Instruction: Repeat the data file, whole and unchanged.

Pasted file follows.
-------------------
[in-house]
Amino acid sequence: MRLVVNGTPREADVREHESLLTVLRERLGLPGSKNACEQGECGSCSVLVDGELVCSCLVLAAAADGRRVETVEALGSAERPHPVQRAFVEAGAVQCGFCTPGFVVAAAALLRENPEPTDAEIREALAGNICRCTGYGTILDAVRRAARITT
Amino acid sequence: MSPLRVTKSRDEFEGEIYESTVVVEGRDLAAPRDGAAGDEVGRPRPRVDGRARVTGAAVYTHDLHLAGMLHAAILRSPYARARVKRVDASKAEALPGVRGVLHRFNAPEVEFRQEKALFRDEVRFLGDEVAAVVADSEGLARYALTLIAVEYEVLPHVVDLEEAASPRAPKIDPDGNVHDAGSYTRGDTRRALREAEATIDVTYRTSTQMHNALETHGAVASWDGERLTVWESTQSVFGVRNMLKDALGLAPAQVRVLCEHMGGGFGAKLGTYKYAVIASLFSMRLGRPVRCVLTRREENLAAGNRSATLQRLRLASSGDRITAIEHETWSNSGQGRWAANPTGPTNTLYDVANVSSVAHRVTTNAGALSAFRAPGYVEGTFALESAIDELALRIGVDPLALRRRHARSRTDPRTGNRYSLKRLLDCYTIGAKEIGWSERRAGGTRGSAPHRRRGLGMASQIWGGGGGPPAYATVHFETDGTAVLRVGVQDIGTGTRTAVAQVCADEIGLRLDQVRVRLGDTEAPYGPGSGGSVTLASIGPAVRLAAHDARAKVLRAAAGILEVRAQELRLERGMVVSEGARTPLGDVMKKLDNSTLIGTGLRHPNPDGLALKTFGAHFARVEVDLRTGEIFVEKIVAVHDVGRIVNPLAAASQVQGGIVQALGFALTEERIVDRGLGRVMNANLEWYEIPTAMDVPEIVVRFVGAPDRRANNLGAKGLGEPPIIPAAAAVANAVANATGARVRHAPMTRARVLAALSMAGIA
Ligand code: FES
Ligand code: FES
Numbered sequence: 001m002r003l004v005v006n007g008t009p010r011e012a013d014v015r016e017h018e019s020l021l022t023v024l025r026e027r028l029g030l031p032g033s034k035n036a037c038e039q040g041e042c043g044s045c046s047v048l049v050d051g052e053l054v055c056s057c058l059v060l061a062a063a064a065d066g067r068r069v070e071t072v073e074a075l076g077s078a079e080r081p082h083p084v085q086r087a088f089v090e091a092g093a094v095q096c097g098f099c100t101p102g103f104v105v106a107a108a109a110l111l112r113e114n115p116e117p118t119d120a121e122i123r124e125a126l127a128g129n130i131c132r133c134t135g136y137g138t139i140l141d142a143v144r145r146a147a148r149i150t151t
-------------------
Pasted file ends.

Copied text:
[in-house]
Amino acid sequence: MRLVVNGTPREADVREHESLLTVLRERLGLPGSKNACEQGECGSCSVLVDGELVCSCLVLAAAADGRRVETVEALGSAERPHPVQRAFVEAGAVQCGFCTPGFVVAAAALLRENPEPTDAEIREALAGNICRCTGYGTILDAVRRAARITT
Amino acid sequence: MSPLRVTKSRDEFEGEIYESTVVVEGRDLAAPRDGAAGDEVGRPRPRVDGRARVTGAAVYTHDLHLAGMLHAAILRSPYARARVKRVDASKAEALPGVRGVLHRFNAPEVEFRQEKALFRDEVRFLGDEVAAVVADSEGLARYALTLIAVEYEVLPHVVDLEEAASPRAPKIDPDGNVHDAGSYTRGDTRRALREAEATIDVTYRTSTQMHNALETHGAVASWDGERLTVWESTQSVFGVRNMLKDALGLAPAQVRVLCEHMGGGFGAKLGTYKYAVIASLFSMRLGRPVRCVLTRREENLAAGNRSATLQRLRLASSGDRITAIEHETWSNSGQGRWAANPTGPTNTLYDVANVSSVAHRVTTNAGALSAFRAPGYVEGTFALESAIDELALRIGVDPLALRRRHARSRTDPRTGNRYSLKRLLDCYTIGAKEIGWSERRAGGTRGSAPHRRRGLGMASQIWGGGGGPPAYATVHFETDGTAVLRVGVQDIGTGTRTAVAQVCADEIGLRLDQVRVRLGDTEAPYGPGSGGSVTLASIGPAVRLAAHDARAKVLRAAAGILEVRAQELRLERGMVVSEGARTPLGDVMKKLDNSTLIGTGLRHPNPDGLALKTFGAHFARVEVDLRTGEIFVEKIVAVHDVGRIVNPLAAASQVQGGIVQALGFALTEERIVDRGLGRVMNANLEWYEIPTAMDVPEIVVRFVGAPDRRANNLGAKGLGEPPIIPAAAAVANAVANATGARVRHAPMTRARVLAALSMAGIA
Ligand code: FES
Ligand code: FES
Numbered sequence: 001m002r003l004v005v006n007g008t009p010r011e012a013d014v015r016e017h018e019s020l021l022t023v024l025r026e027r028l029g030l031p032g033s034k035n036a037c038e039q040g041e042c043g044s045c046s047v048l049v050d051g052e053l054v055c056s057c058l059v060l061a062a063a064a065d066g067r068r069v070e071t072v073e074a075l076g077s078a079e080r081p082h083p084v085q086r087a088f089v090e091a092g093a094v095q096c097g098f099c100t101p102g103f104v105v106a107a108a109a110l111l112r113e114n115p116e117p118t119d120a121e122i123r124e125a126l127a128g129n130i131c132r133c134t135g136y137g138t139i140l141d142a143v144r145r146a147a148r149i150t151t